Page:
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Polypharmacy in older adults with human immunodeficiency virus infection compared with the general population

Authors Gimeno-Gracia M, Crusells-Canales MJ, Armesto-Gomez FJ, Compaired-Turlan V, Rabanaque-Hernandez MJ

Received 9 March 2016

Accepted for publication 11 June 2016

Published 26 August 2016 Volume 2016:11 Pages 1149—1157


Checked for plagiarism Yes

Review by Single anonymous peer review

Peer reviewer comments 3

Editor who approved publication: Dr Richard Walker

Mercedes Gimeno-Gracia,1 María José Crusells-Canales,2 Francisco Javier Armesto-Gómez,3 Vicente Compaired-Turlán,4 María José Rabanaque-Hernández5

1Pharmacy Department, Lozano Blesa University Clinical Hospital, Aragon Institute for Health Research, 2Department of Infectious Diseases, Aragon Institute for Health Research, Lozano Blesa University Clinical Hospital, 3Pharmacy Department, Aragon Health Service, 4Pharmacy Department, Lozano Blesa University Clinical Hospital, 5Department of Public Health, University of Zaragoza, Zaragoza, Spain

Background: The percentage of older HIV-positive patients is growing, with an increase in age-related comorbidities and concomitant medication.
To quantify polypharmacy and profile types of non-antiretroviral drugs collected at community pharmacies in 2014 by HIV-positive individuals on antiretroviral therapy and to compare these findings with those of the general population.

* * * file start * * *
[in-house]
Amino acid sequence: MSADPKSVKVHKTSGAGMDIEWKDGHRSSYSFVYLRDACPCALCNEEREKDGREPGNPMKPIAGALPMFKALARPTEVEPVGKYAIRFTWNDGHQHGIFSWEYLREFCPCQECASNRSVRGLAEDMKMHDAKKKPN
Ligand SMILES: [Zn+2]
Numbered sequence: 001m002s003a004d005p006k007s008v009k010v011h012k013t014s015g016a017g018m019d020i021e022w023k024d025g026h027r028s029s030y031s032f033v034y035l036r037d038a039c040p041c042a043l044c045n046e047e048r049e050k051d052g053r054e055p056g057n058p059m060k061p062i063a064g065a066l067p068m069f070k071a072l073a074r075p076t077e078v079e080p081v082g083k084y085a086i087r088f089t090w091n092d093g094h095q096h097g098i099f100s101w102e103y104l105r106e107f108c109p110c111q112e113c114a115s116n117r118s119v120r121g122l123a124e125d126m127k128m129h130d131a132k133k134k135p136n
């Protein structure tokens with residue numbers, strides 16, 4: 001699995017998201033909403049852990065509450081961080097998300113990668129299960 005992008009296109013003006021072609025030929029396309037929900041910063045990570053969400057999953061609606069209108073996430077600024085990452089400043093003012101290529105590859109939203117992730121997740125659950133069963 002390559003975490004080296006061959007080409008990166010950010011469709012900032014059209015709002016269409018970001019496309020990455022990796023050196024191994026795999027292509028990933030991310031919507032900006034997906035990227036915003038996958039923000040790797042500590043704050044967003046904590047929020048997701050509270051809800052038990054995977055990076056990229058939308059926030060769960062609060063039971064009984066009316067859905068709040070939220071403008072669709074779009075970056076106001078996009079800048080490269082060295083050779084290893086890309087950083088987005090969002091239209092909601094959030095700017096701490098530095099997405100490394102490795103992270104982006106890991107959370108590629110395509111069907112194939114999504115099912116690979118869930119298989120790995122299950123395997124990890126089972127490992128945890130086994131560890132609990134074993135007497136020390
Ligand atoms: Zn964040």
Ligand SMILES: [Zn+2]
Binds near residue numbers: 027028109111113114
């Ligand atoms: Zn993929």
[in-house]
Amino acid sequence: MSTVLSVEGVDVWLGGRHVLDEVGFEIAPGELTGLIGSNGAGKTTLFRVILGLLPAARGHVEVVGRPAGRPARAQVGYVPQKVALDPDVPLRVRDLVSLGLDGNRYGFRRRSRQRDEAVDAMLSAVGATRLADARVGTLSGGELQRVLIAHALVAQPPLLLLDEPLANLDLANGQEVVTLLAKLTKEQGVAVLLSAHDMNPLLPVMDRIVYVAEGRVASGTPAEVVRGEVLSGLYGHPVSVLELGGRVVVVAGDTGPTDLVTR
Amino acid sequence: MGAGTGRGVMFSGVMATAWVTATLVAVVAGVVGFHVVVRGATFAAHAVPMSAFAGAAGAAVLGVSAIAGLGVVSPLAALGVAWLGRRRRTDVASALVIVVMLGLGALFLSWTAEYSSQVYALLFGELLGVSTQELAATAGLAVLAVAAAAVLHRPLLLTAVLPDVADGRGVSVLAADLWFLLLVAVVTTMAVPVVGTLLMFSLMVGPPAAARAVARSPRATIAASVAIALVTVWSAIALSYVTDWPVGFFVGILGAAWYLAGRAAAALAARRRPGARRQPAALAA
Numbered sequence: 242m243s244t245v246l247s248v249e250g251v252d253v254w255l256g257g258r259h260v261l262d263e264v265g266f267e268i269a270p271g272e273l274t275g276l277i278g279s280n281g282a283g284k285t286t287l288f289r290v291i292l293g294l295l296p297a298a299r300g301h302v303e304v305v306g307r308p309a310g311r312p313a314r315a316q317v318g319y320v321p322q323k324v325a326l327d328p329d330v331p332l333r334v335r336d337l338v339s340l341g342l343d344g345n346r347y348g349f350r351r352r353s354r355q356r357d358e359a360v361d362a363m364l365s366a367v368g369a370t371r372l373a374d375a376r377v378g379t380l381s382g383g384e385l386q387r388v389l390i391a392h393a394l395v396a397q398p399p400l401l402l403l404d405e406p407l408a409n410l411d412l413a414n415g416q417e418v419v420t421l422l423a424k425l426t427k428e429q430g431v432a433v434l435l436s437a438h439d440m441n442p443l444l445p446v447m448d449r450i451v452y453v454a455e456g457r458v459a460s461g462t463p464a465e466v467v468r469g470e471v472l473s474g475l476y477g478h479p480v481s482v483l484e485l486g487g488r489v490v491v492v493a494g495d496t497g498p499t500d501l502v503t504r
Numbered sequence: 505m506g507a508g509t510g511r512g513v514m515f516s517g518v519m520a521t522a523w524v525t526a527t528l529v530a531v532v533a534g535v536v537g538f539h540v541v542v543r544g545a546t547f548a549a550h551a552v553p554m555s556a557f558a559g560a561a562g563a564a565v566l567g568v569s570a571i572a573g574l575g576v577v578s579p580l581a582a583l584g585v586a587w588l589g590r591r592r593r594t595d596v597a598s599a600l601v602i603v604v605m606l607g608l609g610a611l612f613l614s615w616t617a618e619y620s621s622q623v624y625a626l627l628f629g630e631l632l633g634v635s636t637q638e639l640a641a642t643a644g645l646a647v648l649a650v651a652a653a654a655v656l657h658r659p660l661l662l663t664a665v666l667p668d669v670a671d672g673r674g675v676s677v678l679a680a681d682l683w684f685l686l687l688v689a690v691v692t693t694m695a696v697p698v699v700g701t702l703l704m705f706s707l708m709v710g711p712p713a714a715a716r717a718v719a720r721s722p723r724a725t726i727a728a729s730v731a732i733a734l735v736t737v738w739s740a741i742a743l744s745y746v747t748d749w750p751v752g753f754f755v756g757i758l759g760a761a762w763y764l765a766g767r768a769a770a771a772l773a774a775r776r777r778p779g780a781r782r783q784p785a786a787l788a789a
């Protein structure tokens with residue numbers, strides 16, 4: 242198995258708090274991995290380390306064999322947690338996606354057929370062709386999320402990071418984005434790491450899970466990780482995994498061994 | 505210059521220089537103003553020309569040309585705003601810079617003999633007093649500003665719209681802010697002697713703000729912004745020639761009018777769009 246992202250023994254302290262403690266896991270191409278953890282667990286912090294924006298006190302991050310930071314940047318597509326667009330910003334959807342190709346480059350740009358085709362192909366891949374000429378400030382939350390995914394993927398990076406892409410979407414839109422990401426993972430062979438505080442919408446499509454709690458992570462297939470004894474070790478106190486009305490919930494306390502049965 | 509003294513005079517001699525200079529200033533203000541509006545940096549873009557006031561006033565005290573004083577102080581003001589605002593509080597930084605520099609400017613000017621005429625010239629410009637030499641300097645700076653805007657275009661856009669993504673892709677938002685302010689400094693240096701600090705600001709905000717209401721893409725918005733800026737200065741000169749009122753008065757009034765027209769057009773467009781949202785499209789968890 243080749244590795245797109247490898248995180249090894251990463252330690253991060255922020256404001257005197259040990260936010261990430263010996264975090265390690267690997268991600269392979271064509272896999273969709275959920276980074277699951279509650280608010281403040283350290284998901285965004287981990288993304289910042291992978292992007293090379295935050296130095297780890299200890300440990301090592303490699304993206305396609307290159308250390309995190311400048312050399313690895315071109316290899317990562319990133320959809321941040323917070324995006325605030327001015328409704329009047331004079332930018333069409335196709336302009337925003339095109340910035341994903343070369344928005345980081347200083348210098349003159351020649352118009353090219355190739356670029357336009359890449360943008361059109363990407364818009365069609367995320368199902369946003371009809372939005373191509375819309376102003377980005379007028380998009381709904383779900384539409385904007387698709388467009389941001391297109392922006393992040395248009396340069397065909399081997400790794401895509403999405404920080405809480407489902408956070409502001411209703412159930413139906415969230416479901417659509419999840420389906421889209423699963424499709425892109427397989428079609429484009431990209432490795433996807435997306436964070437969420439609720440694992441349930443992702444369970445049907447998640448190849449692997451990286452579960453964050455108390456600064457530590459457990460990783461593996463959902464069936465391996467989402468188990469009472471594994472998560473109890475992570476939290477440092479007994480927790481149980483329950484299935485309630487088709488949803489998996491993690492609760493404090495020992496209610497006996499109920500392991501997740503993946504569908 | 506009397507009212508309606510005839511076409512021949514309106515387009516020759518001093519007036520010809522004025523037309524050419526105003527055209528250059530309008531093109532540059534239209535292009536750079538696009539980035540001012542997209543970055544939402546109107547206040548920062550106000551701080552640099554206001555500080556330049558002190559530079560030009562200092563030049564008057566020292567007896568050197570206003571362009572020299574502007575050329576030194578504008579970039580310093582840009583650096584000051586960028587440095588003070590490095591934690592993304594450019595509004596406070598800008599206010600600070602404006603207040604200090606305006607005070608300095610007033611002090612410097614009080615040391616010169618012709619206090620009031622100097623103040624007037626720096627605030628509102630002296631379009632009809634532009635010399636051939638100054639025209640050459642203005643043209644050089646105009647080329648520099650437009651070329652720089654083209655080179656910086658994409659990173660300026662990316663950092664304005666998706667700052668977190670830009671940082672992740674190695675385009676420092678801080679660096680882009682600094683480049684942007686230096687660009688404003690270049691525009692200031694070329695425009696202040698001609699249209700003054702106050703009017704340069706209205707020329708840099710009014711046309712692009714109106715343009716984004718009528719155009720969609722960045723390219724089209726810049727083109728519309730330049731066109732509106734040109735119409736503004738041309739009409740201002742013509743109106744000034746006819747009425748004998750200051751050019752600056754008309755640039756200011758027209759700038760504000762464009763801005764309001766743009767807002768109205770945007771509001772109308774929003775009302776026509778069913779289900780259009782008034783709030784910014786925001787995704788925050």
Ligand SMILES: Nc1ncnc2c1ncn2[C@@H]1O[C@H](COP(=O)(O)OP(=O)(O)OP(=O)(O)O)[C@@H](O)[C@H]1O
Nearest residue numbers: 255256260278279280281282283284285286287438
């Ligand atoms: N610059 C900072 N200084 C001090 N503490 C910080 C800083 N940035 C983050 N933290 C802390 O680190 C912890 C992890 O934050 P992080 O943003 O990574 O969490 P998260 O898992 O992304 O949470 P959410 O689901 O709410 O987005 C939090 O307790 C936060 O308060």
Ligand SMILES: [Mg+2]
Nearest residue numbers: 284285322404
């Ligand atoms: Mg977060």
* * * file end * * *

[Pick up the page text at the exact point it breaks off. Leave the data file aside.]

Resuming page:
Methods: HIV-positive patients (n=199) were compared with a group of patients from the general population (n=8,172), aged between 50 and 64 years. The factors compared were prevalence of polypharmacy (≥5 comedications with cumulative defined daily dose [DDD] per drug over 180), percentage of patients who collected each therapeutic class of drug, and median duration for each drug class (based on DDD). Results were stratified by sex.
Results: Polypharmacy was more common in HIV-positive males than in the male general population (8.9% vs 4.4%, P=0.010). Polypharmacy was also higher in HIV-positive females than in the female general population (11.3% vs 3.4%, P=0.002). Percentage of HIV-positive patients receiving analgesics, anti-infectives, gastrointestinal drugs, central nervous system (CNS) agents, and respiratory drugs was higher than in the general population, with significant differences between male populations. No differences were observed in proportion of patients receiving cardiovascular drugs. The estimated number of treatment days (median DDDs) were higher in HIV-positive males than in males from the general population for anti-infectives (32.2 vs 20.0, P<0.001) and CNS agents (238.7 vs 120.0, P=0.002). A higher percentage of HIV-positive males than males from the general population received sulfonamides (17.1% vs 1.5%, P<0.001), macrolides (37.1% vs 24.9%, P=0.020), and quinolones (34.3% vs 21.2%, P=0.009).
Conclusion: Polypharmacy is more common in HIV-positive older males and females than in similarly aged members of the general population. HIV-positive patients received more CNS drugs and anti-infectives, specifically sulfonamides, macrolides, and quinolones, but there were no differences in the percentage of patients receiving cardiovascular drugs. It is essential to investigate nonantiretroviral therapy medication use in the HIV-positive population to ensure these patients receive appropriate management.

Keywords: polypharmacy, HIV infection, aging

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